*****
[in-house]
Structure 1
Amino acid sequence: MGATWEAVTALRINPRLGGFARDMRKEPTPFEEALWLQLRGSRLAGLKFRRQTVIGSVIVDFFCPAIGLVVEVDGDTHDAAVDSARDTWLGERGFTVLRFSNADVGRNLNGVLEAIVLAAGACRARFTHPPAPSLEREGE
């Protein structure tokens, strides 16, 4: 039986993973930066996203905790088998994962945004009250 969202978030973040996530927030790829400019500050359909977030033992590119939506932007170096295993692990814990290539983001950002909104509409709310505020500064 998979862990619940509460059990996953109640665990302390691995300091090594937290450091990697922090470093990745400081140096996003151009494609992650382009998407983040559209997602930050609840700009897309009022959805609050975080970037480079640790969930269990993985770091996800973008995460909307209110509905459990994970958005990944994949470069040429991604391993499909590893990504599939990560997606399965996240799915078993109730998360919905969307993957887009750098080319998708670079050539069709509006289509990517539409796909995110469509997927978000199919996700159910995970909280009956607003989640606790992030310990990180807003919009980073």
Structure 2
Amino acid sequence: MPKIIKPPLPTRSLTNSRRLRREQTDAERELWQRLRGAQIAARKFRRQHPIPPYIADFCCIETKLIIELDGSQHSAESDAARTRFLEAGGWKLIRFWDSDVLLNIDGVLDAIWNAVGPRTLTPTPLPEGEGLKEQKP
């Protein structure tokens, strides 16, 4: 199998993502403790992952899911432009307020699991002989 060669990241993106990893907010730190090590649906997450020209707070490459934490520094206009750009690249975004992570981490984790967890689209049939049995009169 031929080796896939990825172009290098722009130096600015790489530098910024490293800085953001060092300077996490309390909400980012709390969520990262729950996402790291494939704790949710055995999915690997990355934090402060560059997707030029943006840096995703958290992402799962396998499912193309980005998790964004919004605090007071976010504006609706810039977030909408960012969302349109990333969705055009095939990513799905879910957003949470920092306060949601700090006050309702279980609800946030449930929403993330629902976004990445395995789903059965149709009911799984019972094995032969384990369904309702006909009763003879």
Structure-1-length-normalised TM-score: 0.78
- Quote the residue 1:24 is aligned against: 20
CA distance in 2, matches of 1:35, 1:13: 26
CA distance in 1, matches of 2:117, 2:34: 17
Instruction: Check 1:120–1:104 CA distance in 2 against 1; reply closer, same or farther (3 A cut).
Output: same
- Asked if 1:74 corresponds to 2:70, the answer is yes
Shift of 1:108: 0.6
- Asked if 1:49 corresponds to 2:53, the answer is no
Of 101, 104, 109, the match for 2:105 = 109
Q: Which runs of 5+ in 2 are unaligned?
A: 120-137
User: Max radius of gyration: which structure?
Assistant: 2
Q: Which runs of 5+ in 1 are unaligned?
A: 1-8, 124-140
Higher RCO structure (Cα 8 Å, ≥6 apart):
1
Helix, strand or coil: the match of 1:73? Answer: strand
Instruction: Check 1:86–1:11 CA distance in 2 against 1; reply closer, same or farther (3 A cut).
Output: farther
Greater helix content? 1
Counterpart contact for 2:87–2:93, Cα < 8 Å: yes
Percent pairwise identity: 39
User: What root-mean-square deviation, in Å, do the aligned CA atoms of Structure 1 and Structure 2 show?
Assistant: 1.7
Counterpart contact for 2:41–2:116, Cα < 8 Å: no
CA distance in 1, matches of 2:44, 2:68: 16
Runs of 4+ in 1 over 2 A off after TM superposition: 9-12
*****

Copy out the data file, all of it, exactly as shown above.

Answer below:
[in-house]
Structure 1
Amino acid sequence: MGATWEAVTALRINPRLGGFARDMRKEPTPFEEALWLQLRGSRLAGLKFRRQTVIGSVIVDFFCPAIGLVVEVDGDTHDAAVDSARDTWLGERGFTVLRFSNADVGRNLNGVLEAIVLAAGACRARFTHPPAPSLEREGE
């Protein structure tokens, strides 16, 4: 039986993973930066996203905790088998994962945004009250 969202978030973040996530927030790829400019500050359909977030033992590119939506932007170096295993692990814990290539983001950002909104509409709310505020500064 998979862990619940509460059990996953109640665990302390691995300091090594937290450091990697922090470093990745400081140096996003151009494609992650382009998407983040559209997602930050609840700009897309009022959805609050975080970037480079640790969930269990993985770091996800973008995460909307209110509905459990994970958005990944994949470069040429991604391993499909590893990504599939990560997606399965996240799915078993109730998360919905969307993957887009750098080319998708670079050539069709509006289509990517539409796909995110469509997927978000199919996700159910995970909280009956607003989640606790992030310990990180807003919009980073």
Structure 2
Amino acid sequence: MPKIIKPPLPTRSLTNSRRLRREQTDAERELWQRLRGAQIAARKFRRQHPIPPYIADFCCIETKLIIELDGSQHSAESDAARTRFLEAGGWKLIRFWDSDVLLNIDGVLDAIWNAVGPRTLTPTPLPEGEGLKEQKP
């Protein structure tokens, strides 16, 4: 199998993502403790992952899911432009307020699991002989 060669990241993106990893907010730190090590649906997450020209707070490459934490520094206009750009690249975004992570981490984790967890689209049939049995009169 031929080796896939990825172009290098722009130096600015790489530098910024490293800085953001060092300077996490309390909400980012709390969520990262729950996402790291494939704790949710055995999915690997990355934090402060560059997707030029943006840096995703958290992402799962396998499912193309980005998790964004919004605090007071976010504006609706810039977030909408960012969302349109990333969705055009095939990513799905879910957003949470920092306060949601700090006050309702279980609800946030449930929403993330629902976004990445395995789903059965149709009911799984019972094995032969384990369904309702006909009763003879």
Structure-1-length-normalised TM-score: 0.78
- Quote the residue 1:24 is aligned against: 20
CA distance in 2, matches of 1:35, 1:13: 26
CA distance in 1, matches of 2:117, 2:34: 17
Instruction: Check 1:120–1:104 CA distance in 2 against 1; reply closer, same or farther (3 A cut).
Output: same
- Asked if 1:74 corresponds to 2:70, the answer is yes
Shift of 1:108: 0.6
- Asked if 1:49 corresponds to 2:53, the answer is no
Of 101, 104, 109, the match for 2:105 = 109
Q: Which runs of 5+ in 2 are unaligned?
A: 120-137
User: Max radius of gyration: which structure?
Assistant: 2
Q: Which runs of 5+ in 1 are unaligned?
A: 1-8, 124-140
Higher RCO structure (Cα 8 Å, ≥6 apart):
1
Helix, strand or coil: the match of 1:73? Answer: strand
Instruction: Check 1:86–1:11 CA distance in 2 against 1; reply closer, same or farther (3 A cut).
Output: farther
Greater helix content? 1
Counterpart contact for 2:87–2:93, Cα < 8 Å: yes
Percent pairwise identity: 39
User: What root-mean-square deviation, in Å, do the aligned CA atoms of Structure 1 and Structure 2 show?
Assistant: 1.7
Counterpart contact for 2:41–2:116, Cα < 8 Å: no
CA distance in 1, matches of 2:44, 2:68: 16
Runs of 4+ in 1 over 2 A off after TM superposition: 9-12